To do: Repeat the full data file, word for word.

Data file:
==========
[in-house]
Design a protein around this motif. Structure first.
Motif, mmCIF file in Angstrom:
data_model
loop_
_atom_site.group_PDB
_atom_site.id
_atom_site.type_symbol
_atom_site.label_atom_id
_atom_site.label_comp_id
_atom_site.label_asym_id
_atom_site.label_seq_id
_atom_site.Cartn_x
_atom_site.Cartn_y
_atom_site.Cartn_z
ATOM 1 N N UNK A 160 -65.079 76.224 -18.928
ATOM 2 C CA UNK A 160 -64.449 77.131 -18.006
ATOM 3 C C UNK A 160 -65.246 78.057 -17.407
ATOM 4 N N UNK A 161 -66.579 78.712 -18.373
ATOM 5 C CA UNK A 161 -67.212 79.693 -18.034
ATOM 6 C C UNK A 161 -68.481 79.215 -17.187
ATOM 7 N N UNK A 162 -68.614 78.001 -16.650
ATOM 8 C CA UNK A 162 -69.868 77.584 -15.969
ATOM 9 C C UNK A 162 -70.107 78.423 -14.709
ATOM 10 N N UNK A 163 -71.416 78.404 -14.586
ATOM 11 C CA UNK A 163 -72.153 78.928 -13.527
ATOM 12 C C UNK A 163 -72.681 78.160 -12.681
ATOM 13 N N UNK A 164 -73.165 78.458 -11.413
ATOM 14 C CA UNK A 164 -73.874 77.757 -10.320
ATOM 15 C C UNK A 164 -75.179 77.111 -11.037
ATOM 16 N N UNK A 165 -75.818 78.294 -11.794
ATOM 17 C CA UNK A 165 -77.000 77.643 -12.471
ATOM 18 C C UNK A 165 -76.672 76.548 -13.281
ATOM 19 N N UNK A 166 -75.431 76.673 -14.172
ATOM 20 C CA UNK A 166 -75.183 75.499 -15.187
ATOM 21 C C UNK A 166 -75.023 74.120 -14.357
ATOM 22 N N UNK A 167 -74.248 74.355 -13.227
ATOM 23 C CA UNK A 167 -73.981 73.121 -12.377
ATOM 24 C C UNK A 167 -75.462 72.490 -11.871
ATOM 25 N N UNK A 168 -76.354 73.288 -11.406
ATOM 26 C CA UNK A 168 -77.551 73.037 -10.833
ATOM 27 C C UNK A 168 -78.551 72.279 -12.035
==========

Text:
[in-house]
Design a protein around this motif. Structure first.
Motif, mmCIF file in Angstrom:
data_model
loop_
_atom_site.group_PDB
_atom_site.id
_atom_site.type_symbol
_atom_site.label_atom_id
_atom_site.label_comp_id
_atom_site.label_asym_id
_atom_site.label_seq_id
_atom_site.Cartn_x
_atom_site.Cartn_y
_atom_site.Cartn_z
ATOM 1 N N UNK A 160 -65.079 76.224 -18.928
ATOM 2 C CA UNK A 160 -64.449 77.131 -18.006
ATOM 3 C C UNK A 160 -65.246 78.057 -17.407
ATOM 4 N N UNK A 161 -66.579 78.712 -18.373
ATOM 5 C CA UNK A 161 -67.212 79.693 -18.034
ATOM 6 C C UNK A 161 -68.481 79.215 -17.187
ATOM 7 N N UNK A 162 -68.614 78.001 -16.650
ATOM 8 C CA UNK A 162 -69.868 77.584 -15.969
ATOM 9 C C UNK A 162 -70.107 78.423 -14.709
ATOM 10 N N UNK A 163 -71.416 78.404 -14.586
ATOM 11 C CA UNK A 163 -72.153 78.928 -13.527
ATOM 12 C C UNK A 163 -72.681 78.160 -12.681
ATOM 13 N N UNK A 164 -73.165 78.458 -11.413
ATOM 14 C CA UNK A 164 -73.874 77.757 -10.320
ATOM 15 C C UNK A 164 -75.179 77.111 -11.037
ATOM 16 N N UNK A 165 -75.818 78.294 -11.794
ATOM 17 C CA UNK A 165 -77.000 77.643 -12.471
ATOM 18 C C UNK A 165 -76.672 76.548 -13.281
ATOM 19 N N UNK A 166 -75.431 76.673 -14.172
ATOM 20 C CA UNK A 166 -75.183 75.499 -15.187
ATOM 21 C C UNK A 166 -75.023 74.120 -14.357
ATOM 22 N N UNK A 167 -74.248 74.355 -13.227
ATOM 23 C CA UNK A 167 -73.981 73.121 -12.377
ATOM 24 C C UNK A 167 -75.462 72.490 -11.871
ATOM 25 N N UNK A 168 -76.354 73.288 -11.406
ATOM 26 C CA UNK A 168 -77.551 73.037 -10.833
ATOM 27 C C UNK A 168 -78.551 72.279 -12.035